The Basic Law creates a dual executive but grants most executive authority to the federal chancellor, as head of government, rather than to the president, who acts as head of state (see fig. 13). The presidency is primarily a ceremonial post, and its occupant represents the Federal Republic in international relations. In that sphere, the president's duties include signing treaties, representing Germany abroad, and receiving foreign dignitaries. In the domestic sphere, the president has largely ceremonial functions. Although this official signs legislation into law, grants pardons, and appoints federal judges, federal civil servants, and military officers, each of these actions requires the countersignature of the chancellor or the relevant cabinet minister. The president formally proposes to the Bundestag a chancellor candidate and formally appoints the chancellor's cabinet members, but the president follows the choice of the Bundestag in the first case and of the chancellor in the second. If the government loses a simple no-confidence vote, the president dissolves the Bundestag, but here, too, the Basic Law limits the president's ability to act independently. In the event of a national crisis, the emergency law reforms of 1968 designate the president as a mediator who can declare a state of emergency.
There is disagreement about whether the president, in fact, has greater powers than the above description would suggest. Some argue that nothing in the Basic Law suggests that a president must follow government directives. For instance, the president could refuse to sign legislation, thus vetoing it, or refuse to approve certain cabinet appointments. As of mid-1995, no president had ever taken such action, and thus the constitutionality of these points had never been tested.
The president is selected by secret ballot at a Federal Convention that includes all Bundestag members and an equal number of delegates chosen by the Land legislatures. This assemblage, which totals more than 1,000 people, is convened every five years. It may select a president for a second, but not a third, five-year term. The authors of the Basic Law preferred this indirect form of presidential election because they believed it would produce a head of state who was widely acceptable and insulated from popular pressure. Candidates for the presidency must be at least forty years old.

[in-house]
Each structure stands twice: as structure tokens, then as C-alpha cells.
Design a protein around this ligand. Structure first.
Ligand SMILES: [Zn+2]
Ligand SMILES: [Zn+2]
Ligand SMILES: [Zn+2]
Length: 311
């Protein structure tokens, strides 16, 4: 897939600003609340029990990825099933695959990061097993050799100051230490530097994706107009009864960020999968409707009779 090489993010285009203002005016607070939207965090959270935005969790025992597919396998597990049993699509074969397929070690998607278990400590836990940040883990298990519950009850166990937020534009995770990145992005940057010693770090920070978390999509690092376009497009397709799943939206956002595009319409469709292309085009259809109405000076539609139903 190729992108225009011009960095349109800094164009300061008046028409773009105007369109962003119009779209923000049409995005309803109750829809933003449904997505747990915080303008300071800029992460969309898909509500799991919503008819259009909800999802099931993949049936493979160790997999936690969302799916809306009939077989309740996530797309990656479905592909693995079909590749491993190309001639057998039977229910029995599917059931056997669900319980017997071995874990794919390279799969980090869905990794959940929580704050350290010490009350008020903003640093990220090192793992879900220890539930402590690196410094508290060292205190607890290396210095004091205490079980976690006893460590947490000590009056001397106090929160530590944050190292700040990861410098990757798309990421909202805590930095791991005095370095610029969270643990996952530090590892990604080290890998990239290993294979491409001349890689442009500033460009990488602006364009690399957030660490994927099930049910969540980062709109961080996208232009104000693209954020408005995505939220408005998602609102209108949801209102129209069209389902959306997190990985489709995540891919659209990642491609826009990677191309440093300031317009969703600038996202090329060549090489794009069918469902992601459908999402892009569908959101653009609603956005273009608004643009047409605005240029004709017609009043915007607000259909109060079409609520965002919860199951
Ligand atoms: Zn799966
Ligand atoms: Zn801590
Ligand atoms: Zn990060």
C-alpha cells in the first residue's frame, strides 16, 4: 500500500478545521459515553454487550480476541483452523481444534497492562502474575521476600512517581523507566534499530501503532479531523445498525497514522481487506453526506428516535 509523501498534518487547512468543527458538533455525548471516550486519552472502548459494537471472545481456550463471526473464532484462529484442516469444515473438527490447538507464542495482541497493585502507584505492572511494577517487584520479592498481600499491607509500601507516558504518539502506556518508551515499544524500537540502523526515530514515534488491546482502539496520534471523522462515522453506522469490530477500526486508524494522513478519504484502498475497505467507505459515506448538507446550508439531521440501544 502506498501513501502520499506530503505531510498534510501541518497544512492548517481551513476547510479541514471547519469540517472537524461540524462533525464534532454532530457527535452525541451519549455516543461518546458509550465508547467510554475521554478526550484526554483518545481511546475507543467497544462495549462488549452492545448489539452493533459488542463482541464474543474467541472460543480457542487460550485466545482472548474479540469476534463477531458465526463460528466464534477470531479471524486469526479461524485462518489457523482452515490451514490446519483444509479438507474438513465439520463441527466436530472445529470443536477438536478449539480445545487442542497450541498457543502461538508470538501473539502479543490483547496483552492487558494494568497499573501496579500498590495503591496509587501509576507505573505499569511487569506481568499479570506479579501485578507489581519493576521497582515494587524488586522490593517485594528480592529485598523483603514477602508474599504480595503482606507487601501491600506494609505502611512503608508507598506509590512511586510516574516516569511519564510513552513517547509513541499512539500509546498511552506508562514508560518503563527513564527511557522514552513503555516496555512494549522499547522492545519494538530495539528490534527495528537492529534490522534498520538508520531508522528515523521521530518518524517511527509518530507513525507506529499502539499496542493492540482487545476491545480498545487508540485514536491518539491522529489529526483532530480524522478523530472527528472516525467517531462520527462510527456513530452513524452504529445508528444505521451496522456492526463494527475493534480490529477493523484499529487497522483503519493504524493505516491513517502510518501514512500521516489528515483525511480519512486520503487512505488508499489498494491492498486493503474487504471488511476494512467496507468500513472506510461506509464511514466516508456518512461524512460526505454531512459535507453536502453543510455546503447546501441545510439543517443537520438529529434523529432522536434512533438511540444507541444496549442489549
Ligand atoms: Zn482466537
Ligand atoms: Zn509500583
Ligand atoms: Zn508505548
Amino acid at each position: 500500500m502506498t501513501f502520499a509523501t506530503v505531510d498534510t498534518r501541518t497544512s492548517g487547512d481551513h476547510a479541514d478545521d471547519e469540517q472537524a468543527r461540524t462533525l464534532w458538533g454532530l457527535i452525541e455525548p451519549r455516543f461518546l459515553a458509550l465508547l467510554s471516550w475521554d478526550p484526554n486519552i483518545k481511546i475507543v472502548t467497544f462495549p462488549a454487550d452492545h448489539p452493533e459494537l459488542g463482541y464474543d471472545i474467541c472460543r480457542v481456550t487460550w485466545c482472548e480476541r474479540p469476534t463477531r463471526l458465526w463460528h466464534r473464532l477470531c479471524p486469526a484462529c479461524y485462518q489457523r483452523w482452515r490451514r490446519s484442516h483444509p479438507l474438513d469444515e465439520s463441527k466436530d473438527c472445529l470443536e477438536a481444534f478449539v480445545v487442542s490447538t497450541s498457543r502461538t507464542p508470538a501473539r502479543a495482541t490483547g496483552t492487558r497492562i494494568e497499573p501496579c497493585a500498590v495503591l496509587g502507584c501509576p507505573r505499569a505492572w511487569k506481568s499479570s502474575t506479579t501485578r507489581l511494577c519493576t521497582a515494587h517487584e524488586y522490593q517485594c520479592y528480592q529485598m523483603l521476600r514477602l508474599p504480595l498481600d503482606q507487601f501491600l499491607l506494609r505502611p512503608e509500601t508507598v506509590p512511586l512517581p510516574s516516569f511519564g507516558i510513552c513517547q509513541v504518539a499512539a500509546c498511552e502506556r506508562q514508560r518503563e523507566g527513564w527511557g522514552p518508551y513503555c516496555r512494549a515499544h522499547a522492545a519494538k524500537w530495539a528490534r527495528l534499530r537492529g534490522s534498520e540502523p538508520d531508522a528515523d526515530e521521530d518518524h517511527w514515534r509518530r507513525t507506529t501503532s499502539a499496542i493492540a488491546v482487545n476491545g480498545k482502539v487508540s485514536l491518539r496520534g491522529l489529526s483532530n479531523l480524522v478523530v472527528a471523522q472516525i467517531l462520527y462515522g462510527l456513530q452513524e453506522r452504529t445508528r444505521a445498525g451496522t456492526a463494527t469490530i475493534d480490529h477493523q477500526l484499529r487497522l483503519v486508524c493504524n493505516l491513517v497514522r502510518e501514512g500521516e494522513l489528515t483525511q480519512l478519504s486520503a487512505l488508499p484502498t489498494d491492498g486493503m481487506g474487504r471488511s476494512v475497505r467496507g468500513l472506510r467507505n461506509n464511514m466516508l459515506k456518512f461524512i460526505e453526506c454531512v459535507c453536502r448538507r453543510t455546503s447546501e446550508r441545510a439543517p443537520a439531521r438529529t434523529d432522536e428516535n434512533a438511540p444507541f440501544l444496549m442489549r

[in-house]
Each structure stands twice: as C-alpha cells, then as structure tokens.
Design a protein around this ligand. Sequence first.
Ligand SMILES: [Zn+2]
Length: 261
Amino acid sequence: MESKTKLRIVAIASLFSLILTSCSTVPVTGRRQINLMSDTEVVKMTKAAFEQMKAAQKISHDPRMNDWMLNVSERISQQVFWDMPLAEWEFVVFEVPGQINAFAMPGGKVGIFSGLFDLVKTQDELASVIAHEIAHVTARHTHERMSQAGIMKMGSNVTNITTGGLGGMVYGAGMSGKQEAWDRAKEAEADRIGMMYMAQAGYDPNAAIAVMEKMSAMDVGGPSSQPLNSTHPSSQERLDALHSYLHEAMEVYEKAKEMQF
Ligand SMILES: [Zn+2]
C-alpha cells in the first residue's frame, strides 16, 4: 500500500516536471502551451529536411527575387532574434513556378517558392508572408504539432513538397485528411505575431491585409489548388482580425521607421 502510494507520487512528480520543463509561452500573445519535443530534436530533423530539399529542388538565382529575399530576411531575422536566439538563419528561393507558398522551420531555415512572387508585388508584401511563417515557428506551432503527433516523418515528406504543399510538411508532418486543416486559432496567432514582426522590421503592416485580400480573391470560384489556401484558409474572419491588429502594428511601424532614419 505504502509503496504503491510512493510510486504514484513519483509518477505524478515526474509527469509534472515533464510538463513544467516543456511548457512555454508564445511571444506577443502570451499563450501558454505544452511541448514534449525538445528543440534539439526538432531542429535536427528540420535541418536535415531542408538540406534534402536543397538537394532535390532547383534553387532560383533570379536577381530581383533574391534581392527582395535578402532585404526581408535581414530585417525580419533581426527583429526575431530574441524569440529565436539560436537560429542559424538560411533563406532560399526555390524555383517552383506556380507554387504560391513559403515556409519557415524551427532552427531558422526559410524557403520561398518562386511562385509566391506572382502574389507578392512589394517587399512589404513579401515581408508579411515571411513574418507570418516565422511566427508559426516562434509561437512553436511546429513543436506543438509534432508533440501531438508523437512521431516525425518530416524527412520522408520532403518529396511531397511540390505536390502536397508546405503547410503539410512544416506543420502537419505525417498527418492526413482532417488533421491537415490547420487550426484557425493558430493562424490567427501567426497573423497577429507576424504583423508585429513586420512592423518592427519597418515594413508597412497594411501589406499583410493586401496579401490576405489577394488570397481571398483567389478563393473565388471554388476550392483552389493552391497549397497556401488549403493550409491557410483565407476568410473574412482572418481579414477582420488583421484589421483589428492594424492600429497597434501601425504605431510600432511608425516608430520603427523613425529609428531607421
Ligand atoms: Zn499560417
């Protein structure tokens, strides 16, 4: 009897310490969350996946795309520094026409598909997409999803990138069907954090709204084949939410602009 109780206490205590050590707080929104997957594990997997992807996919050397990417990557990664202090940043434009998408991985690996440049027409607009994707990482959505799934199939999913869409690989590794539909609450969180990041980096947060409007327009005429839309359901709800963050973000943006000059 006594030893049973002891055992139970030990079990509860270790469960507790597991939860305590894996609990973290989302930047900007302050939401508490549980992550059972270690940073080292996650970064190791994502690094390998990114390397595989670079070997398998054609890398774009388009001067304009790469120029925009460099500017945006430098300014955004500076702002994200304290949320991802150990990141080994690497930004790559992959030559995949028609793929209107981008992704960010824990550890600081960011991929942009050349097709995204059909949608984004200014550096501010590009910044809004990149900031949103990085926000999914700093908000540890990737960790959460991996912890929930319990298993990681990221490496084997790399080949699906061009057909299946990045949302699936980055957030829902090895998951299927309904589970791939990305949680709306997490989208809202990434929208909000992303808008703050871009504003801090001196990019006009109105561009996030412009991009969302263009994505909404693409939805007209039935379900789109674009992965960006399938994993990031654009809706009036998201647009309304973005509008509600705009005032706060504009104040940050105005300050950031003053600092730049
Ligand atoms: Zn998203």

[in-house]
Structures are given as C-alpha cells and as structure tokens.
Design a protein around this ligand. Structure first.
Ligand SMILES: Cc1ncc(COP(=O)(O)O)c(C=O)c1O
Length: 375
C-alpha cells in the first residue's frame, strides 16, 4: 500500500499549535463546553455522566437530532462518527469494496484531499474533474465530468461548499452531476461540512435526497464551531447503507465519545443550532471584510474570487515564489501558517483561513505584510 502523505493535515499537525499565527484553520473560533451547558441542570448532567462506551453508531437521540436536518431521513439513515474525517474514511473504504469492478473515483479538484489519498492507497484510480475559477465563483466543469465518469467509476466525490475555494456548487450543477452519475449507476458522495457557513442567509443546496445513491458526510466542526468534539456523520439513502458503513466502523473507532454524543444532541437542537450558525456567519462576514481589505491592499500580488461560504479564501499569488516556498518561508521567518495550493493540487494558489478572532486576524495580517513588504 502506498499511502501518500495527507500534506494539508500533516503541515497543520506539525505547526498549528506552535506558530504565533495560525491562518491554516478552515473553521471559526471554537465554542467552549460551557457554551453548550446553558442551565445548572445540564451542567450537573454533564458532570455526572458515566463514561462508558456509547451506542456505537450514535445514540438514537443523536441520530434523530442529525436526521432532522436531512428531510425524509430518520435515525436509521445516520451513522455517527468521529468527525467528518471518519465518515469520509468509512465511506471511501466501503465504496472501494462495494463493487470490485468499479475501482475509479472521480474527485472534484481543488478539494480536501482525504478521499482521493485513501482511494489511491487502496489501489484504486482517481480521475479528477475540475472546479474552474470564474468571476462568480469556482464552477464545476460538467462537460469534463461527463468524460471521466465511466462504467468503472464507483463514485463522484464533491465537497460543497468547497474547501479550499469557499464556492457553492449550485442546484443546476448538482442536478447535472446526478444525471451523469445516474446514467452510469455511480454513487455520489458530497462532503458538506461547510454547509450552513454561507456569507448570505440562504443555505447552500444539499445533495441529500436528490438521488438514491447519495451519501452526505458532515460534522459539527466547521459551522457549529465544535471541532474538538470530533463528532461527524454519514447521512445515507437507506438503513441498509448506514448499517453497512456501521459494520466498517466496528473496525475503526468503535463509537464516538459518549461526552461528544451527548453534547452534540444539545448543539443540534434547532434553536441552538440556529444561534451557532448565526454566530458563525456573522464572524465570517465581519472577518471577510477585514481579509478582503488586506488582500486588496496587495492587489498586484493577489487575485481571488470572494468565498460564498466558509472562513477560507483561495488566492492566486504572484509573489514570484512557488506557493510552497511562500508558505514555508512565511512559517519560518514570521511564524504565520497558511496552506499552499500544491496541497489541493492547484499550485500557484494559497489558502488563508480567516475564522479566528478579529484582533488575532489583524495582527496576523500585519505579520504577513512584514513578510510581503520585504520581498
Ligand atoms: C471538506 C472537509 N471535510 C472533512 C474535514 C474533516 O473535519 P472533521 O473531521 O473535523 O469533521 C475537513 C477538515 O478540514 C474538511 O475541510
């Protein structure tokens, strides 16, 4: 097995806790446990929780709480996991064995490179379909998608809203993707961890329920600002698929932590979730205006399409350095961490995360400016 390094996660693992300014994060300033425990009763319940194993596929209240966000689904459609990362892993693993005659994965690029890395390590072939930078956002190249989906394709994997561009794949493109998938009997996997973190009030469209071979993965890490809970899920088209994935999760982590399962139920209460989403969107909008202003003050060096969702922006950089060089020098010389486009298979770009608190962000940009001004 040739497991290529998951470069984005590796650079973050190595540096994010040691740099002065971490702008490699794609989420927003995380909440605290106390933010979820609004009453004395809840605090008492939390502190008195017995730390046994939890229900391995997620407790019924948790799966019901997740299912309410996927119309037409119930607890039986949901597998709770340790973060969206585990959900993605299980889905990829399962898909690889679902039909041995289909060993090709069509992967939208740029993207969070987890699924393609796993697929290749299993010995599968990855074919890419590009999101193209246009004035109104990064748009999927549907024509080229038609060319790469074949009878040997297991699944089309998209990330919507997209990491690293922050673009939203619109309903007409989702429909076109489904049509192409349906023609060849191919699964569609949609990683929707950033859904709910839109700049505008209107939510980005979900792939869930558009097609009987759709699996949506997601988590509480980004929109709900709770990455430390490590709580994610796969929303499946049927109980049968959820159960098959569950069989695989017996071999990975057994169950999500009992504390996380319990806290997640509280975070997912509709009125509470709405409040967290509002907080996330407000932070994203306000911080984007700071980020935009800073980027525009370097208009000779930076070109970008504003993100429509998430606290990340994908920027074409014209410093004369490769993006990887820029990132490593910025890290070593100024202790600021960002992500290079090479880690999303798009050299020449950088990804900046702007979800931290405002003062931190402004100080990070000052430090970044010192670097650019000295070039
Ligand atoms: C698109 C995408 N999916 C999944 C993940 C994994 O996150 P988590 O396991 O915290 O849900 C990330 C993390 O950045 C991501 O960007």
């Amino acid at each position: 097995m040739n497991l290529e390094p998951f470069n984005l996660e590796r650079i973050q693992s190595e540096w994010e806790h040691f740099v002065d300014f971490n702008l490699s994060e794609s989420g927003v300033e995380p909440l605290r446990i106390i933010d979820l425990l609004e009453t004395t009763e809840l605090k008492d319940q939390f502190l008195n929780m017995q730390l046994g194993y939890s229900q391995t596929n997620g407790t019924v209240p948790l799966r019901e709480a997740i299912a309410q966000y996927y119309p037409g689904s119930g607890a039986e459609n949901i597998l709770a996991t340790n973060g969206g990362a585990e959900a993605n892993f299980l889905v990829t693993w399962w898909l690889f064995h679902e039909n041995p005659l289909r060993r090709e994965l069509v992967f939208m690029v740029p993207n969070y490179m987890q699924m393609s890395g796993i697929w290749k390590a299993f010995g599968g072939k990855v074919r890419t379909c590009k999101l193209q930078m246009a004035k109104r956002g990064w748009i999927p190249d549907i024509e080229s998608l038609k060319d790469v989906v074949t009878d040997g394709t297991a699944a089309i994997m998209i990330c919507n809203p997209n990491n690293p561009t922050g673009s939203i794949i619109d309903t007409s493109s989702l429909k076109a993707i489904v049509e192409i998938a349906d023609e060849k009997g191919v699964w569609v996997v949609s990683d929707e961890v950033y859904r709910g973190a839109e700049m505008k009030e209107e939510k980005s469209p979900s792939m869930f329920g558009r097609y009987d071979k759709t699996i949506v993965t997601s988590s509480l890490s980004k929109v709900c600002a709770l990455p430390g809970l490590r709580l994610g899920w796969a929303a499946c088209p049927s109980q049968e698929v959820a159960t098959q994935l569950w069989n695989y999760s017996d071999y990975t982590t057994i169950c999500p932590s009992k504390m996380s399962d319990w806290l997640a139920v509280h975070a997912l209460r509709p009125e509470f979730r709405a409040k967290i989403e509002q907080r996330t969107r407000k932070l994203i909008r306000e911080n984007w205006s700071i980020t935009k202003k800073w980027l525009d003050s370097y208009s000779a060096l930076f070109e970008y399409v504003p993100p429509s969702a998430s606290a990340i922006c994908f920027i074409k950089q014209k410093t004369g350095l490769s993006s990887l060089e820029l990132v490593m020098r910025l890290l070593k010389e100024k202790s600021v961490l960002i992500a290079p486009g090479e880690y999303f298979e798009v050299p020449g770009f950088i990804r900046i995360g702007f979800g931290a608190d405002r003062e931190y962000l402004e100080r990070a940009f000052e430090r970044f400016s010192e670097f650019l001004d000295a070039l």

The Basic Law did not create an office of vice president. If the president is outside the country or if the position is vacant, the president of the Bundesrat fills in as the temporary head of state. If the president dies in office, a successor is elected within thirty days.
Usually one of the senior leaders of the largest party in the Bundestag, the president nonetheless is expected to be nonpartisan after assuming office. For example, President Richard von Weizsäcker, whose second term expired in June 1994, was the former Christian Democratic mayor of Berlin. Upon becoming president in 1984, he resigned from his party positions. Weizsäcker played a prominent role in urging Germans to come to terms with their actions during the Third Reich and in calling for greater tolerance toward foreigners in Germany as right-wing violence escalated in the early 1990s. Although the formal powers of the president are limited, the president's role can be quite significant depending on his or her own activities. Between 1949 and 1994, the Christian Democratic Union (Christlich Demokratische Union--CDU) held the office for twenty-five years, the Free Democratic Party (Freie Demo-kratische Partei--FDP) for fifteen, and the Social Democratic Party of Germany (Sozialdemokratische Partei Deutschlands--SPD) for five (see table 2, Appendix).
Elected by the Federal Convention in May 1994, Roman Herzog succeeded Weizsäcker as President on July 1, 1994. Previously president of the Federal Constitutional Court in Karls-ruhe, Germany's highest court, he was nominated for the presidency by the CDU and its sister party, the Christian Social Union (Christlich-Soziale Union--CSU).
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